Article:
JOURNAL ARTICLE

Pivotal role of connective tissue growth factor in lung fibrosis: MAPK-dependent transcriptional activation of type I collagen

Markella Ponticos, Alan M Holmes, Xu Shi-wen, Patricia Leoni, Korsa Khan, Vineeth S Rajkumar, Rachel K Hoyles, George Bou-Gharios, Carol M Black, Christopher P Denton, David J Abraham, Andrew Leask, Gisela E Lindahl
Arthritis and Rheumatism 2009, 60 (7): 2142-55
19565505

OBJECTIVE: Connective tissue growth factor (CTGF; CCN2) is overexpressed in systemic sclerosis (SSc) and has been hypothesized to be a key mediator of the pulmonary fibrosis frequently observed in this disease. CTGF is induced by transforming growth factor beta (TGFbeta) and is a mediator of some profibrotic effects of TGFbeta in vitro. This study was undertaken to investigate the role of CTGF in enhanced expression of type I collagen in bleomycin-induced lung fibrosis, and to delineate the mechanisms of action underlying the effects of CTGF on Col1a2 (collagen gene type I alpha2) in this mouse model and in human pulmonary fibroblasts.

METHODS: Transgenic mice that were carrying luciferase and beta-galactosidase reporter genes driven by the Col1a2 enhancer/promoter and the CTGF promoter, respectively, were injected with bleomycin to induce lung fibrosis (or saline as control), and the extracted pulmonary fibroblasts were incubated with CTGF blocking agents. In vitro, transient transfection, promoter/reporter constructs, and electrophoretic mobility shift assays were used to determine the mechanisms of action of CTGF in pulmonary fibroblasts.

RESULTS: In the mouse lung tissue, CTGF expression and promoter activity peaked 1 week after bleomycin challenge, whereas type I collagen expression and Col1a2 promoter activity peaked 2 weeks postchallenge. Fibroblasts isolated from the mouse lungs 14 days after bleomycin treatment retained a profibrotic expression pattern, characterized by greatly elevated levels of type I collagen and CTGF protein and increased promoter activity. In vitro, inhibition of CTGF by specific small interfering RNA and neutralizing antibodies reduced the collagen protein expression and Col1a2 promoter activity. Moreover, in vivo, anti-CTGF antibodies applied after bleomycin challenge significantly reduced the Col1a2 promoter activity by approximately 25%. The enhanced Col1a2 promoter activity in fibroblasts from bleomycin-treated lungs was partly dependent on Smad signaling, whereas CTGF acted on the Col1a2 promoter by a mechanism that was independent of the Smad binding site, but was, instead, dependent on the ERK-1/2 and JNK MAPK pathways. The CTGF effect was mapped to the proximal promoter region surrounding the inverted CCAAT box, possibly involving CREB and c-Jun. In human lung fibroblasts, the human COL1A2 promoter responded in a similar manner, and the mechanisms of action also involved ERK-1/2 and JNK signaling.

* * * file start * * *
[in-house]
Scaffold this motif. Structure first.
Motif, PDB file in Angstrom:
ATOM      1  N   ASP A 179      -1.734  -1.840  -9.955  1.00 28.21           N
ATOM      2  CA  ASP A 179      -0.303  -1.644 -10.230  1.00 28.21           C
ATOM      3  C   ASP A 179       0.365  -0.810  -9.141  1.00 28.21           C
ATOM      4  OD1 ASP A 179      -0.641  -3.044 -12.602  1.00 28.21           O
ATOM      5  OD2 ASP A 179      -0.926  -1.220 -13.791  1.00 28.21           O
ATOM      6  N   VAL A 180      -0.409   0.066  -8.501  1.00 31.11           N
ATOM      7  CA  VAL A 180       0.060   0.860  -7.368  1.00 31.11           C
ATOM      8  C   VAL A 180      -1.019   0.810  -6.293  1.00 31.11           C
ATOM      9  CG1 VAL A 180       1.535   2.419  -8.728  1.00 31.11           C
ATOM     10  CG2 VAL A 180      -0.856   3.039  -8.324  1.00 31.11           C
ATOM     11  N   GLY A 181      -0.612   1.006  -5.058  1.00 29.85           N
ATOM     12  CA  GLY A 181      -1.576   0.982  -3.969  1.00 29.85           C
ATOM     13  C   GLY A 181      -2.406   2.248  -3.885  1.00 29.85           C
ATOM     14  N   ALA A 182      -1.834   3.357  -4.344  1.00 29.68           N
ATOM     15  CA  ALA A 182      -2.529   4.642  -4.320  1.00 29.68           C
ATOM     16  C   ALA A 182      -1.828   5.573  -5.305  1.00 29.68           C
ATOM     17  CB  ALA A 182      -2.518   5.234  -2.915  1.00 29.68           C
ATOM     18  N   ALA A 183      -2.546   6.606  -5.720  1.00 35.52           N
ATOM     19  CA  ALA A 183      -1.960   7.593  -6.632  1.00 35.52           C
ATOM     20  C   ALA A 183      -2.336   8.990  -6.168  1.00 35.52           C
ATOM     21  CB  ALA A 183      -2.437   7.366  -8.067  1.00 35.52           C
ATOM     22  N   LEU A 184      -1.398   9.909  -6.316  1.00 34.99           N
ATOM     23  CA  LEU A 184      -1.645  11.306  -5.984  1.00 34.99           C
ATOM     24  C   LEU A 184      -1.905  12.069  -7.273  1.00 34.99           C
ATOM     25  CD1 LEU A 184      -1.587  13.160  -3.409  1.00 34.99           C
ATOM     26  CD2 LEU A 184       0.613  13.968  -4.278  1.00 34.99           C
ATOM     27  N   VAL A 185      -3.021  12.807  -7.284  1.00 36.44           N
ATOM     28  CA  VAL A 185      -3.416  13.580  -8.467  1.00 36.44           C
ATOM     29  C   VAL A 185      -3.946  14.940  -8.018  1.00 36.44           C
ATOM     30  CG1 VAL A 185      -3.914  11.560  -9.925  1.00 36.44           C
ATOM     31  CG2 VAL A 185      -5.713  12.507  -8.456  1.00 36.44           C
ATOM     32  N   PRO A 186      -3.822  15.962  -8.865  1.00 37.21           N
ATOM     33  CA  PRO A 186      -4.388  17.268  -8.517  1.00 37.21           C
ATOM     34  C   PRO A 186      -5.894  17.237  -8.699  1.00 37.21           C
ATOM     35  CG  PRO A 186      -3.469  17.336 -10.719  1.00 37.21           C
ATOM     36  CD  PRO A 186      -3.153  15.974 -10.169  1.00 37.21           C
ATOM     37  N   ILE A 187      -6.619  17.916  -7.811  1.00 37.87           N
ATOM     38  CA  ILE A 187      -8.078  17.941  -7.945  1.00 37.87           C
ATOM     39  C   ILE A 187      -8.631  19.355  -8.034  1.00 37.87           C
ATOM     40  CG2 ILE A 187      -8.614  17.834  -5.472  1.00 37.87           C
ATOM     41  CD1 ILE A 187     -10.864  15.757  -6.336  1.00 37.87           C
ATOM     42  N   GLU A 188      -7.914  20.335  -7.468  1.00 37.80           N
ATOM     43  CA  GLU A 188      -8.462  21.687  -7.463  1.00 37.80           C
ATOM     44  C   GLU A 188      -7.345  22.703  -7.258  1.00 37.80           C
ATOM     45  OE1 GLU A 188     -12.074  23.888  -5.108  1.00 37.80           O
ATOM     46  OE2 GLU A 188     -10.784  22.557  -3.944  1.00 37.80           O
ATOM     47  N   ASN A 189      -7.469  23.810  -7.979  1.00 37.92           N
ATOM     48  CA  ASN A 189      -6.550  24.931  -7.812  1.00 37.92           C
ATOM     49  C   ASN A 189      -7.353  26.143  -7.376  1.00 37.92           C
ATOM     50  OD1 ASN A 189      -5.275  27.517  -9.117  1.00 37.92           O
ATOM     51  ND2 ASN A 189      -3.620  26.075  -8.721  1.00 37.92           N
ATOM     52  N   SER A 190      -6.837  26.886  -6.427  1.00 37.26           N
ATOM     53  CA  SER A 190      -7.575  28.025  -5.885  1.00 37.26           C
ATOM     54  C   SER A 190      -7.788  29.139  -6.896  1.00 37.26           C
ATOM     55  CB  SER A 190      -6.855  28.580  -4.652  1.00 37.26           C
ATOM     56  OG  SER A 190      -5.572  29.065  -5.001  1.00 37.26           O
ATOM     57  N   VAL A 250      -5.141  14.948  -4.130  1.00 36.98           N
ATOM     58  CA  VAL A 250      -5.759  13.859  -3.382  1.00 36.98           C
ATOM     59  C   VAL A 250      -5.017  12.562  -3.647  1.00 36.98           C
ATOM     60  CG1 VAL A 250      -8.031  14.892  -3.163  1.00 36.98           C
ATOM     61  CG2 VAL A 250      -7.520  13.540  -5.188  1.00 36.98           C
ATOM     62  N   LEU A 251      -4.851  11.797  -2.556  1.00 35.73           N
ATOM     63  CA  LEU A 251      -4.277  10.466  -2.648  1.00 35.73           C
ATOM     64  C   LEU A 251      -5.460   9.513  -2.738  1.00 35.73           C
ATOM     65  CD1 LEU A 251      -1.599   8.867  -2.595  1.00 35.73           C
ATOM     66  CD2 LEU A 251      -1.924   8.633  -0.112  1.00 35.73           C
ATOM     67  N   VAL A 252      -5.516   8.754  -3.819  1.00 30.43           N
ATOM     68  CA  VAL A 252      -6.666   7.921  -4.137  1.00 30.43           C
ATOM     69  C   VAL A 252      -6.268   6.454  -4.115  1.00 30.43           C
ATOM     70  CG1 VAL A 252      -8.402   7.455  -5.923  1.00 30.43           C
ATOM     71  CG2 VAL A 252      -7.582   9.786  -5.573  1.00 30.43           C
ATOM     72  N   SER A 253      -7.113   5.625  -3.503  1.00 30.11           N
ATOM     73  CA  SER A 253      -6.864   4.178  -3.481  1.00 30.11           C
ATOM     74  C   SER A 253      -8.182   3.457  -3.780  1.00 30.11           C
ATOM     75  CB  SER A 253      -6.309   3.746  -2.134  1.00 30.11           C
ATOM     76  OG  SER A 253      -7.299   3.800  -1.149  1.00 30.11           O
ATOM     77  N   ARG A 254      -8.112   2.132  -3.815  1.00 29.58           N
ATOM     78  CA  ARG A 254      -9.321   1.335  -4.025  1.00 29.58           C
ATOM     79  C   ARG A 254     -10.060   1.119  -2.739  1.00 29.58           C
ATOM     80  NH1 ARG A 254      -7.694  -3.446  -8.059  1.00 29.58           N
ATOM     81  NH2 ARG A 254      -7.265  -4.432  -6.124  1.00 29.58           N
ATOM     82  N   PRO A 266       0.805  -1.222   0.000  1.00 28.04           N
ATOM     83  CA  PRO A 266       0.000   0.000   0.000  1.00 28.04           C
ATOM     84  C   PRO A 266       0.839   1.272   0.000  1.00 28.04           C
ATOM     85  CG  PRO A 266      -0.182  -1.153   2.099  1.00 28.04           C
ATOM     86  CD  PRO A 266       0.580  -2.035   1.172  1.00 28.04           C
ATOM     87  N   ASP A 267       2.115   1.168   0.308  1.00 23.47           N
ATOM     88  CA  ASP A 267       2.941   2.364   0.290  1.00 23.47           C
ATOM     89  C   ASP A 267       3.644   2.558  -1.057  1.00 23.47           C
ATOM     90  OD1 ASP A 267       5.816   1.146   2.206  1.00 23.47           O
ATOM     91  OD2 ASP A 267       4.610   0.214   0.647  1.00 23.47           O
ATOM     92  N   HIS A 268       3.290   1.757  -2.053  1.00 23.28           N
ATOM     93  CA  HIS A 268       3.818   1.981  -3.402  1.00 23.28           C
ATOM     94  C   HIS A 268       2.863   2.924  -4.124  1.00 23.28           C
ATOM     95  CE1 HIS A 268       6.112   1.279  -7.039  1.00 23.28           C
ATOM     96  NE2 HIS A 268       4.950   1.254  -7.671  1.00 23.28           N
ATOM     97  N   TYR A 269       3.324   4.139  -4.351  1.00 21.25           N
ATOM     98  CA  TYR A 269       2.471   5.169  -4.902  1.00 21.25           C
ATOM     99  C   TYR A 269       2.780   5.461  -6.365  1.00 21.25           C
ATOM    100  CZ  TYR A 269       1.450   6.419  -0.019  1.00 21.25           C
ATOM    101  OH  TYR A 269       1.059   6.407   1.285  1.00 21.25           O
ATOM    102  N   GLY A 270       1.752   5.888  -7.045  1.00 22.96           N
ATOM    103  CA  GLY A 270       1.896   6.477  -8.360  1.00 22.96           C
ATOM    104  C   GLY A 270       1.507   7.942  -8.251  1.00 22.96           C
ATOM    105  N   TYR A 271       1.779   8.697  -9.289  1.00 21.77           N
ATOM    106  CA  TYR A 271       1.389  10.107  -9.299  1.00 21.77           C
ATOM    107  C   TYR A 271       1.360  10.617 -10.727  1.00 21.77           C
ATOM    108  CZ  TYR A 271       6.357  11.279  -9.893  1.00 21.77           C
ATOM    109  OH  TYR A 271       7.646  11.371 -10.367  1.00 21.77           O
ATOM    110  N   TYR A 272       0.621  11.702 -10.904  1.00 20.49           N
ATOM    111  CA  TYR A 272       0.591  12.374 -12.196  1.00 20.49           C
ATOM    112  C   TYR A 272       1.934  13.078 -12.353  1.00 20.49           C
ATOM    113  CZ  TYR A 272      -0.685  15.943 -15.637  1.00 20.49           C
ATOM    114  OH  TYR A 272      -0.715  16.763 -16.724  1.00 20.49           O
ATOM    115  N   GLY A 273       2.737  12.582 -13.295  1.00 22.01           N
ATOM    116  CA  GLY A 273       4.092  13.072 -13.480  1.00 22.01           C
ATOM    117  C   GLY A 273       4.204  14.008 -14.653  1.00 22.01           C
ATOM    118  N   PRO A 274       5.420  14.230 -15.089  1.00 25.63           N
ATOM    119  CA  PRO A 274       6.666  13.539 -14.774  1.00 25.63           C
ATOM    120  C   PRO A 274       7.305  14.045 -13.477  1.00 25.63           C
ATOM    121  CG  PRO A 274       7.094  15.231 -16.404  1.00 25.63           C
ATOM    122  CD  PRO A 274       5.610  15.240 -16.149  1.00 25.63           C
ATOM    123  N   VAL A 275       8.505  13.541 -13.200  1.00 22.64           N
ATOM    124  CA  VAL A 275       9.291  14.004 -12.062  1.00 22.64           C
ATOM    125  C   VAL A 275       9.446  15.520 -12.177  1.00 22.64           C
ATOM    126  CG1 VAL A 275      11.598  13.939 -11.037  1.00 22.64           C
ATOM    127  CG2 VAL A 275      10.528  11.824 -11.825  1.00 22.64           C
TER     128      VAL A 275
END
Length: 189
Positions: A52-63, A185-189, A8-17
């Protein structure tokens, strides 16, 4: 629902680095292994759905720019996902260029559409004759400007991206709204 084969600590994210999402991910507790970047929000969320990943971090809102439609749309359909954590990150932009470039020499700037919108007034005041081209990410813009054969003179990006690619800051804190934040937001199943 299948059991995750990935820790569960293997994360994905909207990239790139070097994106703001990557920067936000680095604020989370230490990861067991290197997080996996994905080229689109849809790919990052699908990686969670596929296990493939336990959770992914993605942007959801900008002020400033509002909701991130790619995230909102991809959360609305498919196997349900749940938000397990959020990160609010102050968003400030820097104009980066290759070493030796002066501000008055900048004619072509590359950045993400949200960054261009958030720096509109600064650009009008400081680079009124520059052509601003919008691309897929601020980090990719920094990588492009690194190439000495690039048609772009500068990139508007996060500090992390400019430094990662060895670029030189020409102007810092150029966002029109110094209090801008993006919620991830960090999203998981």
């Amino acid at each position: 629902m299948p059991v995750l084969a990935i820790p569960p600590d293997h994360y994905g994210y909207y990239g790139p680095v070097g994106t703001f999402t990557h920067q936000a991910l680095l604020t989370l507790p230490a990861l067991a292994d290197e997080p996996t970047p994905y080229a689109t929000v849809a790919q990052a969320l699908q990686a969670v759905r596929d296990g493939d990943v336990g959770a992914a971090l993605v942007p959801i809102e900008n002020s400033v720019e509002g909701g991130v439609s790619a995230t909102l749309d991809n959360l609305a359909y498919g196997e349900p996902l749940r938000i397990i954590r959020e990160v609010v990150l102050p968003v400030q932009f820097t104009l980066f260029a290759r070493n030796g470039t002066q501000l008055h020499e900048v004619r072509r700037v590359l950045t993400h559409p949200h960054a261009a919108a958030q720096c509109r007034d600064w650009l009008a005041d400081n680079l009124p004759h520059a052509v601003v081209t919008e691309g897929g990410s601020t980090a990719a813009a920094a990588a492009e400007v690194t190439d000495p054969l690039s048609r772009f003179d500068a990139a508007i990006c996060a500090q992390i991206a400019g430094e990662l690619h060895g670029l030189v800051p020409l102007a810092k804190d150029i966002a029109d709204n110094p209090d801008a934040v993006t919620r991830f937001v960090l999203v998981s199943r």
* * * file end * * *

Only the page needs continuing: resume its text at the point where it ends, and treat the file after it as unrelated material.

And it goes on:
CONCLUSION: Our results clearly define a direct profibrotic effect of CTGF and demonstrate its contribution to lung fibrosis through transcriptional activation of Col1a2. Blocking strategies revealed the signaling mechanisms involved. These findings show CTGF to be a rational target for therapy in fibrotic diseases such as SSc.

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